Human Over the Counter Medications
Over the counter medications consistently rank at the top of the ASPCA’s list of most commonly ingested toxins by pets. While these medications may be safe for humans to take without a prescription, they can be deadly in animals. For example, cats cannot tolerate any amount of acetaminophen (Tylenol), as it is highly toxic for them because their liver is not able to process it. Other medications, like ibuprofen (Advil) and naproxen (Aleve) have very narrow safety margins and cause stomach ulcers or kidney damage.
Make sure to keep these medications in an area that your pet cannot access. Always contact your veterinarian before giving any over the counter medication to your pet to make sure it is safe. If you pet ingests any medication, contact your veterinarian immediately.
Food is also a very common toxin ingestion, and depending on the breed you have, may be a constant battle! The foods of most concern include chocolate, onions, garlic, grapes, dough and bones. More recently, xylitol has also become a concern. Xylitol is found in many products including gum, toothpaste and some nut butters. Xylitol can cause life threatening low blood sugar values.
Keep food off counters and out of reach for your pet. Make sure to never offer them any xylitol or chocolate containing products. If your pet ingests anything that you aren’t sure about, contact your veterinarian immediately to discuss whether the food is toxic and what the next steps should be.
There are many plants that are toxic and can even be lethal to your pets. For example, lilies are extremely deadly for cats. Even ingesting just small amounts of it, or just drinking the water from where the lily is placed, can cause acute kidney disease and death. Lilies should not be kept in a house with a cat. Other plants that are toxic for pets include azalea, daffodils, and tulip bulbs.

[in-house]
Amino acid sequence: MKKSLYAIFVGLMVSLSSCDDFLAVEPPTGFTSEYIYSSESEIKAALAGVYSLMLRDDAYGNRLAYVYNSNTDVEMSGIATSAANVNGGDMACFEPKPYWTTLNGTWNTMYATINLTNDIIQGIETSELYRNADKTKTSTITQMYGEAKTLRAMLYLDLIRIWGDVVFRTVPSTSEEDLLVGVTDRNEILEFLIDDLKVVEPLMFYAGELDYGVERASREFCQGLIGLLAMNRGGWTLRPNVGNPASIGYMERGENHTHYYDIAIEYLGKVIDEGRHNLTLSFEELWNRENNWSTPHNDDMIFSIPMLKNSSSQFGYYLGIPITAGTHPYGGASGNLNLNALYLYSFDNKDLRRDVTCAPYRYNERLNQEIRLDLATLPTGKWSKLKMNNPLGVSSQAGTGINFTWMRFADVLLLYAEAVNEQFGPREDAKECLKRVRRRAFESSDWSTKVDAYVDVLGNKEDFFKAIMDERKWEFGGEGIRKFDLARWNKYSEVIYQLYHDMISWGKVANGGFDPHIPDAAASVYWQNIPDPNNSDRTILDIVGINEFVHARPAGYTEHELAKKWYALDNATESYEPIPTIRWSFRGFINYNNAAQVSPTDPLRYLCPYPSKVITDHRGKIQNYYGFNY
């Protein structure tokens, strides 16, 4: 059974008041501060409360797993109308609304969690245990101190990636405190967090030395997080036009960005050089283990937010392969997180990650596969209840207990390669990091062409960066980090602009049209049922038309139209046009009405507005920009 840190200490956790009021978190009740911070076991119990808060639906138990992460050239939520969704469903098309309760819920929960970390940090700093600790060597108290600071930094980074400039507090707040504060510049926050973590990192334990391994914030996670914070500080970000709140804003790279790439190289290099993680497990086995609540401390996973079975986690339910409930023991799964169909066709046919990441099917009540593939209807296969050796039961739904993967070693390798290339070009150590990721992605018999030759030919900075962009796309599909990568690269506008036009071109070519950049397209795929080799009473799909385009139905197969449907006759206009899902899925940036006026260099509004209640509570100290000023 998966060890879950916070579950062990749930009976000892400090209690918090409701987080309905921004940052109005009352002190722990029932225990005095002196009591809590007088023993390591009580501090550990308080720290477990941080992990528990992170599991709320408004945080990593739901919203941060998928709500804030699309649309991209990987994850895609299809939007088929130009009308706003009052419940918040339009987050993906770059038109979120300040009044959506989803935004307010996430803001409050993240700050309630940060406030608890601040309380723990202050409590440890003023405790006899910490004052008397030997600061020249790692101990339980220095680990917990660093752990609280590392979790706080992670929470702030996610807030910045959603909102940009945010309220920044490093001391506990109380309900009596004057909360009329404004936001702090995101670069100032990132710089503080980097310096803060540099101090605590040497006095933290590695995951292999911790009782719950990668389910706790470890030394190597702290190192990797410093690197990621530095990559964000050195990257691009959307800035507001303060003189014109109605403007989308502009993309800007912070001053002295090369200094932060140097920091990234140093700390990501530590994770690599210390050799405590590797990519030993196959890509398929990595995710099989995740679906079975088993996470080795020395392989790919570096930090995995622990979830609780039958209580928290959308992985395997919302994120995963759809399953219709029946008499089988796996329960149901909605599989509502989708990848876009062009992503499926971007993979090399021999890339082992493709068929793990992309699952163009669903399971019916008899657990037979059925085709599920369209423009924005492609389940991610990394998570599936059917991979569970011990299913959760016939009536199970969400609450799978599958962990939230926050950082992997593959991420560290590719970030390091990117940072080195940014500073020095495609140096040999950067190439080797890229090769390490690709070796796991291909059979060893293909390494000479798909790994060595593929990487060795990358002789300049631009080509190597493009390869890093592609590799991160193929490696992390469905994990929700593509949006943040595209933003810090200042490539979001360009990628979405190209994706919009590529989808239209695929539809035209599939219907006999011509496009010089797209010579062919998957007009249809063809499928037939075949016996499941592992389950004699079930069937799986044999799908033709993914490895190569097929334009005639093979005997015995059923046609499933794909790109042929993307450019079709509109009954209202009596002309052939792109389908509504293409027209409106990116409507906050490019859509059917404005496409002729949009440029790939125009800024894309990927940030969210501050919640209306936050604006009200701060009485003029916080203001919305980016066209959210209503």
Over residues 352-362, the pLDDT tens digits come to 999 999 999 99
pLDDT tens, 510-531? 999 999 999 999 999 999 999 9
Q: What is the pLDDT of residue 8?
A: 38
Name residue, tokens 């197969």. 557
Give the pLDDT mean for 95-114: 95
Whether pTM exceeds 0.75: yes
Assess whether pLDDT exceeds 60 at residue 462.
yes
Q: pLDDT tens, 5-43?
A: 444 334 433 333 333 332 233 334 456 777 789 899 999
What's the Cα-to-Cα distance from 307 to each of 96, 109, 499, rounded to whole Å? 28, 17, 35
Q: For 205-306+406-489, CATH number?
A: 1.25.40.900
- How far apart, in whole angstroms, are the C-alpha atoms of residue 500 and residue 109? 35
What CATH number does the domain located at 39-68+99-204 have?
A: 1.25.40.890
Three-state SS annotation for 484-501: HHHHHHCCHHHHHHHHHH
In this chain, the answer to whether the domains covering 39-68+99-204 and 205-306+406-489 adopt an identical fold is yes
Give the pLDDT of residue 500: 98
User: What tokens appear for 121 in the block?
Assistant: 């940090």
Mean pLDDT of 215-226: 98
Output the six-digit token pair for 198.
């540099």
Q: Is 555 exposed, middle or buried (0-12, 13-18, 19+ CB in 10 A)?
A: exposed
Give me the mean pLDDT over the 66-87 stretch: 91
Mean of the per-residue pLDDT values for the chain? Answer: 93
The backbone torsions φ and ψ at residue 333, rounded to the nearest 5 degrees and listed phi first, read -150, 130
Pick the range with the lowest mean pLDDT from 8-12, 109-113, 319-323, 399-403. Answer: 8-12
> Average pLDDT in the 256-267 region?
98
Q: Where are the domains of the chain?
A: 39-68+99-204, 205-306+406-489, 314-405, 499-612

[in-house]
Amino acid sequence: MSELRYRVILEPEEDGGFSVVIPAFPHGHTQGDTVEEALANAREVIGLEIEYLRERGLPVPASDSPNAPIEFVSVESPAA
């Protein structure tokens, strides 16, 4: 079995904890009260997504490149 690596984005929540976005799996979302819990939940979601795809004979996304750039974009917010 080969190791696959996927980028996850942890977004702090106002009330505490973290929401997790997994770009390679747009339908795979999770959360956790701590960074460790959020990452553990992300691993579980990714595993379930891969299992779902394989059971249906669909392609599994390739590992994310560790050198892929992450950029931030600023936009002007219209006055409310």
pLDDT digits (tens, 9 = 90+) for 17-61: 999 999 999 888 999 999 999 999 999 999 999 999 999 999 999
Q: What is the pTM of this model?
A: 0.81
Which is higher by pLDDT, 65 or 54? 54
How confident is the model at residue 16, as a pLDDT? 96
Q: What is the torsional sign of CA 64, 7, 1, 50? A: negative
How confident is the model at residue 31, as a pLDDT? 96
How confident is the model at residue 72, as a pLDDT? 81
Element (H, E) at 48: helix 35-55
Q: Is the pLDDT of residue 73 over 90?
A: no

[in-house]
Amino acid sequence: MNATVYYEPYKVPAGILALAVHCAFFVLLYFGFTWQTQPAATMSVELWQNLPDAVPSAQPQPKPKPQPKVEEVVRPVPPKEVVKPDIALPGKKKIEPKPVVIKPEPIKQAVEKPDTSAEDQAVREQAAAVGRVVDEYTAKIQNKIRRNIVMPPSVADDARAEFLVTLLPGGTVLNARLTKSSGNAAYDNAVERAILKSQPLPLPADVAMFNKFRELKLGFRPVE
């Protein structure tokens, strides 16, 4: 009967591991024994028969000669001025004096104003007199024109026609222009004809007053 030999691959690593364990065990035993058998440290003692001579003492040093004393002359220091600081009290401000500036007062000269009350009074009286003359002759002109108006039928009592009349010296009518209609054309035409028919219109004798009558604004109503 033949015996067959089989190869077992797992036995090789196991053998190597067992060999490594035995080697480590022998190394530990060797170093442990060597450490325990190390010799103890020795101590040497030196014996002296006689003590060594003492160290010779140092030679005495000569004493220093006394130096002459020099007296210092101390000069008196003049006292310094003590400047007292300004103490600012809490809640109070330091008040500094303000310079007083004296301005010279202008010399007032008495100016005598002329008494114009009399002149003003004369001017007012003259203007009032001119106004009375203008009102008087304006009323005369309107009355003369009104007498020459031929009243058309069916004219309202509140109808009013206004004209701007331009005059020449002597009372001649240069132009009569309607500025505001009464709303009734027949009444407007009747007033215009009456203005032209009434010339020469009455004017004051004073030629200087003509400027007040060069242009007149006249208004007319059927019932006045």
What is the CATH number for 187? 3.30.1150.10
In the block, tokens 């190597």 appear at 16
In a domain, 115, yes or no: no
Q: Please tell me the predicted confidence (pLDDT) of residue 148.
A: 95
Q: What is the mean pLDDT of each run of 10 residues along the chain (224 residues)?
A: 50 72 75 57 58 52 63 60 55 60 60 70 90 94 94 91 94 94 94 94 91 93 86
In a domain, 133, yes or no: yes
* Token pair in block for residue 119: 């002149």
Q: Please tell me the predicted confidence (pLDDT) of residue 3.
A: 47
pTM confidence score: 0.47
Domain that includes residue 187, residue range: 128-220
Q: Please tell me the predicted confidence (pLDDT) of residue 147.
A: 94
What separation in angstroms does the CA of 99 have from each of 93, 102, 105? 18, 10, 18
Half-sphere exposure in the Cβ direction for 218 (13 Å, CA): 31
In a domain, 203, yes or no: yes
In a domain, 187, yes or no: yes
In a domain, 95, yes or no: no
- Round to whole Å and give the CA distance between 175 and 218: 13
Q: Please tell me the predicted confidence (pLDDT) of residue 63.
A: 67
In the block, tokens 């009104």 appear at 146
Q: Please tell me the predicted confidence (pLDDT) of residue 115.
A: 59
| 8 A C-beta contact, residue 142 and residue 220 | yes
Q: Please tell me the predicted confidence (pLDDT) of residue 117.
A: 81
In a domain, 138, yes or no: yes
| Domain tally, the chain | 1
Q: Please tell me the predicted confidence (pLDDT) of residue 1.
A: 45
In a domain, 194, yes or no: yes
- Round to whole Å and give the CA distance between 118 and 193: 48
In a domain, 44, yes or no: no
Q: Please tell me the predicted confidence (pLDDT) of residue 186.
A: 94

Before bringing any plant home, it would be best to make sure it is safe to have around your pet by contacting your veterinarian.
Human Prescription Medications
Human prescription medications have now made it on the list of common pet toxins. The common medications ingested by pets are the common medications taken by owners. These include heart medications and anti-depressants. Because all of these medications are very different, they have many different ways in which they are dangerous if ingested by your dog or cat.
All medications should be kept in areas that are not accessible by your pet. If your pet ingests a medication, contact your veterinarian immediately and have the medication with you so that your veterinarian can know exactly what your pet has swallowed.
If you ever have any questions about anything your pet has eaten or come into contact with, always contact your veterinarian. They are happy to answer any questions to help keep your pet safe and healthy!